Tuesday, February 27, 2007

Suicide Bomb

A suicide bomber detonated himself just outside the U.S. air base in Bagram, killing more than 20 people, most of them Afghans who work on the base. Hundreds of villagers _ almost all men _ poured into the area to seek news of their relatives. One man ran up to the base entrance, crying, moaning and wringing his hands.

One woman ventured out of her home to search for her son, an employee on the base. I only saw maybe one or two other women that day, but was otherwise surrounded by men and boys.

Death toll figures ranged from three to more than 20. I saw a dozen bodies carried by shoulder or driven away from the base.

The area where the bomb blast happened is actually a busy market area, where Afghan workers line up every morning to go to work. Among the surprising sights that day, were these two young children who walked out of the area that journalists were initially forbidden from entering.

She was a bright little spot that appeared on an otherwise sad, muddy day in Bagram.

Wednesday, February 14, 2007

Playing in Snow, Afghan Style

Afghan children, I've found, are vicious. I met one young boy who offered me his snowball as a sort of friendly gift of ammunition. He had somehow managed to pack this snowball into a deadly baseball-sized ice rock. He smiled at me and pointed at it, proud of his technique.

During an outing in January, dear Landry was clobbered in a snowfight. Thank goodness his face was protected by his bushy beard... which still isn't long enough to satisfy the old Taliban rule. Under the Taliban, Landry would have been jailed until his beard grew to a fist's length.

The housemates went for a day of fun in the snow, which meant sitting on an innertube and hurling yourself down this hill. The brave housemates had also gone snowshoeing, even though this country is notorious for its landmines. One of them said that according to the Afghans, if the snow is deeper than 50 centimeters (20 inches), then the weight of an object with a large surface area (like a human being wearing tennis racket-sized snowshoes) is not enough to trigger a landmine.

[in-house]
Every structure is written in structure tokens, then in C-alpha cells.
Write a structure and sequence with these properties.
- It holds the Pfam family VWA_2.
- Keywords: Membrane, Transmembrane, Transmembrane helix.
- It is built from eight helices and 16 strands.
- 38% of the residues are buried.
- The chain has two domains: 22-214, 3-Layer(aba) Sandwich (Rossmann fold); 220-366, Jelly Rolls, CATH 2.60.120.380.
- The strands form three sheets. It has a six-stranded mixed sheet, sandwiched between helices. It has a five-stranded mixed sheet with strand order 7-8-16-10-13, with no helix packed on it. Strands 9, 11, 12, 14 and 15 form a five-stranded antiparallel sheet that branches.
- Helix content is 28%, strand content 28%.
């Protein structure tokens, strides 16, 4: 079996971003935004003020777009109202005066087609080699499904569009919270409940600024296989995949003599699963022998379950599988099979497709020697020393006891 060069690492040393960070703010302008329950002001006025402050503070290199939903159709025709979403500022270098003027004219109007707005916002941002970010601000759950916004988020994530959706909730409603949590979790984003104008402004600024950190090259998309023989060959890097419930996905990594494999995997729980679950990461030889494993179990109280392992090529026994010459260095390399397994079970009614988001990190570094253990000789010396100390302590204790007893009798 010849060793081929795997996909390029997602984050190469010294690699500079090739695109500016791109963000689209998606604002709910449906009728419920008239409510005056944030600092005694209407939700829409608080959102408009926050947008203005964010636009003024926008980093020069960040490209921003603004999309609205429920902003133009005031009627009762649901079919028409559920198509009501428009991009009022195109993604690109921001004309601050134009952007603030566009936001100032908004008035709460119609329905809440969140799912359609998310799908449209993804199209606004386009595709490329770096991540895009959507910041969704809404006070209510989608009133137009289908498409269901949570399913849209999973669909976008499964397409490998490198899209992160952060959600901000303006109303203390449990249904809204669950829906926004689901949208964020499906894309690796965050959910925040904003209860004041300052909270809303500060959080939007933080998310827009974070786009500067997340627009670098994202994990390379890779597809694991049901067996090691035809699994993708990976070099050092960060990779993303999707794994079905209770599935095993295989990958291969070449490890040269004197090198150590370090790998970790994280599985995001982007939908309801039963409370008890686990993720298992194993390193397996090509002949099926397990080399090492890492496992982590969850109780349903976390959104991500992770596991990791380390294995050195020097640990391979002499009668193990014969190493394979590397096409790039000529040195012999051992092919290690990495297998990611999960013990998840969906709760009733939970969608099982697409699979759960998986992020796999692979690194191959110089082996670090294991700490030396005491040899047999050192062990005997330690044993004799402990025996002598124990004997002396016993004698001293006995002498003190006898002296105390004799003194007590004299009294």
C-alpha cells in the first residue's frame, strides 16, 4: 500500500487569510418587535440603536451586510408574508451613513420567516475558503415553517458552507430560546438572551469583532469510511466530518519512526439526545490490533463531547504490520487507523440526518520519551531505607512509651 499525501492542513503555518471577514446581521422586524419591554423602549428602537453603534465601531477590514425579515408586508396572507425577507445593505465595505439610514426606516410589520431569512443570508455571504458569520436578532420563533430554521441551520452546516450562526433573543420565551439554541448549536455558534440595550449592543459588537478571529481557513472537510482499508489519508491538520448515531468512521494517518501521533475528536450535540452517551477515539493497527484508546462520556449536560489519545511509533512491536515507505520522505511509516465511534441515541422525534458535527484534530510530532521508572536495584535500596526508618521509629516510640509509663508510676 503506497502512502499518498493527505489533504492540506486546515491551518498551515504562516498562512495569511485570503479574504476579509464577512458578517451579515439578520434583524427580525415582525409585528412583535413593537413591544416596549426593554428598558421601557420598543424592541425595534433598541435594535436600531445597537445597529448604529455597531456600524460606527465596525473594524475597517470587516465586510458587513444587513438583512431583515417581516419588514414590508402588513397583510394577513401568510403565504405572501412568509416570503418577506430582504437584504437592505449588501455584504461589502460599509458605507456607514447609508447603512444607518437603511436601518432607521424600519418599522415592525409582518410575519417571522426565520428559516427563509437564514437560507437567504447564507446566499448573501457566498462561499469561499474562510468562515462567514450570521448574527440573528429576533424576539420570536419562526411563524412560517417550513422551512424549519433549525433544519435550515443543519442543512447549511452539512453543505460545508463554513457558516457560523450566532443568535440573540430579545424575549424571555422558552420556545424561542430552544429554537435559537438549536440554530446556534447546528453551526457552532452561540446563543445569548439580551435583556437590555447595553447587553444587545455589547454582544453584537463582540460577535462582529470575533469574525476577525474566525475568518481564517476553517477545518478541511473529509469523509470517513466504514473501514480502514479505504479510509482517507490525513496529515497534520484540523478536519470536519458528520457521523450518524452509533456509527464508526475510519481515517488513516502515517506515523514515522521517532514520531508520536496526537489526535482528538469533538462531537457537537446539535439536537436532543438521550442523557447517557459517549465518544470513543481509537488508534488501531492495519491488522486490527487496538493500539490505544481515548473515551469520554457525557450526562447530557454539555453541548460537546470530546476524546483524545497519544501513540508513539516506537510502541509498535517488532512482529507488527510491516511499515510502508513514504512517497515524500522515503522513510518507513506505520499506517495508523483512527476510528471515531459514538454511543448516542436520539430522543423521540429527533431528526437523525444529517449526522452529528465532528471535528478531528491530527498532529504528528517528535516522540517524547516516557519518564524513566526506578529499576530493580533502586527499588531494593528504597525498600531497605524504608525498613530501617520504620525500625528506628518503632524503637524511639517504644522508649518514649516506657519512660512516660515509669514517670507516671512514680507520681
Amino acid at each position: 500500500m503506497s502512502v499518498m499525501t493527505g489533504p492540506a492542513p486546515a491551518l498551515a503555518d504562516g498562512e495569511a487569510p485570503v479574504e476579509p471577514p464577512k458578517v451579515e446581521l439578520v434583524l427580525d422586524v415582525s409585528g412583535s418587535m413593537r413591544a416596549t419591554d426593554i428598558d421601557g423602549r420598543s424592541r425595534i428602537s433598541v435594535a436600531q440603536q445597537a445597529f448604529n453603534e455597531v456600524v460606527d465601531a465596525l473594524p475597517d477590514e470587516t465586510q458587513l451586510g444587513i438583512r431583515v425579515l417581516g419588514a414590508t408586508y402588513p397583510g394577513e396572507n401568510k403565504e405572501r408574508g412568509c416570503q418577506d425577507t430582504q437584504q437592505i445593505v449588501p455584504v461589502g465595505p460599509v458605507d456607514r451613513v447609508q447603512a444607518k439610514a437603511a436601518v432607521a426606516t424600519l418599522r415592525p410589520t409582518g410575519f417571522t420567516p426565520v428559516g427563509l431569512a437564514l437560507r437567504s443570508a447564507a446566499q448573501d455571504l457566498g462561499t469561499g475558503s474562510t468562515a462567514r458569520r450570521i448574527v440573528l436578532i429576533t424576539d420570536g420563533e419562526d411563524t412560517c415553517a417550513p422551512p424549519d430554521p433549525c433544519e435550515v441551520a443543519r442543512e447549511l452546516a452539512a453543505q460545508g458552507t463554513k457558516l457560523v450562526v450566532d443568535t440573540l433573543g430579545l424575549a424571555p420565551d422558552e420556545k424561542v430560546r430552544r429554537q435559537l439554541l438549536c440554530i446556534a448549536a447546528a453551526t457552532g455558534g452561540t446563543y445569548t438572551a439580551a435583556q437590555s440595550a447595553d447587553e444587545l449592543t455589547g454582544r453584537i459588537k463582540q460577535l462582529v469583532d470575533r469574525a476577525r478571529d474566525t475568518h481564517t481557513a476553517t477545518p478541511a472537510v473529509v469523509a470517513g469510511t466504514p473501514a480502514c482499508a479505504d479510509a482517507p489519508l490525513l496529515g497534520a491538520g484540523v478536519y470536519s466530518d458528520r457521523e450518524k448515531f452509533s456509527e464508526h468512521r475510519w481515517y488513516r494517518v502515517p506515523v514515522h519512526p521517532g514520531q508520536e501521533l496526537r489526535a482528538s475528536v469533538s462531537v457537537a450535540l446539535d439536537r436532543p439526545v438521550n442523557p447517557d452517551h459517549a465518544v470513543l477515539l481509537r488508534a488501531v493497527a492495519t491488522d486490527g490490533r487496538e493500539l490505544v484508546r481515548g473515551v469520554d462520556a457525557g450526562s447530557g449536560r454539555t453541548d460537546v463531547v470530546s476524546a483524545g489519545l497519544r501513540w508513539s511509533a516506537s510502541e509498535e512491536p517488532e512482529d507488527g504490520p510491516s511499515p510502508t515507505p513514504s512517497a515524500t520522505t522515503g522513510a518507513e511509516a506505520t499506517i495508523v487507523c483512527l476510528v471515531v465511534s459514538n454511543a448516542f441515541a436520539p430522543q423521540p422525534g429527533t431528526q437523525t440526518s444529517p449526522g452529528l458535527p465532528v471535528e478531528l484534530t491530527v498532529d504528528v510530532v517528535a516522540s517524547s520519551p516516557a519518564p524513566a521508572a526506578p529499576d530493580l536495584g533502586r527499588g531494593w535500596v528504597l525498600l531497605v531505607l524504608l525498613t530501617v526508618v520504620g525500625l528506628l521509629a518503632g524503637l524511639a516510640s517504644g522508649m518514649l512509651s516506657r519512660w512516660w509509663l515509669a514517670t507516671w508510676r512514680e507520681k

It's all fun and games until you come home without a leg.

Monday, February 12, 2007

Happy Circus Children

We went to an outdoor performance by the circus children at their school on the outskirts of Kabul. Landry (in the above photo with the bandage on his left middle finger from the car accident) played a bout of tug-of-war, in which he pulled relentlessly on this elastiboy! After the show there was an announcement that one of the cute little girls, 6-year-old Fariha, will be one of 17 children touring in California in January and February 2008.

The visit to the circus made Landry so happy. He described it as the first time he had seen Afghan children here who were "├ępanouis," or "beaming" with a happiness that was pure and simple.

Tuesday, February 06, 2007

Another Glimpse of Afghanistan

My mission here is to paint the lives of the Afghan people -- my most recent stories are on the children and the artists. (Check out the links below to my stories and audio/photo essays.)

My colleague, Rafiq, said he was going to take pictures at a school that teaches children the circus arts. Here's the story.

For the arts package I did, Landry fowarded me a story he found about the Afghan arts on one of our favorite Japanese online mags. Through this article, I met one Afghan artist who introduced me to several others. The findings? What appears to be an Afghan art renaissance. I included with the story an online audio/photo tour of Afghanistan's National Gallery -- this could be your one and only chance to see this art collection, unless you decide to take a trip to Kabul!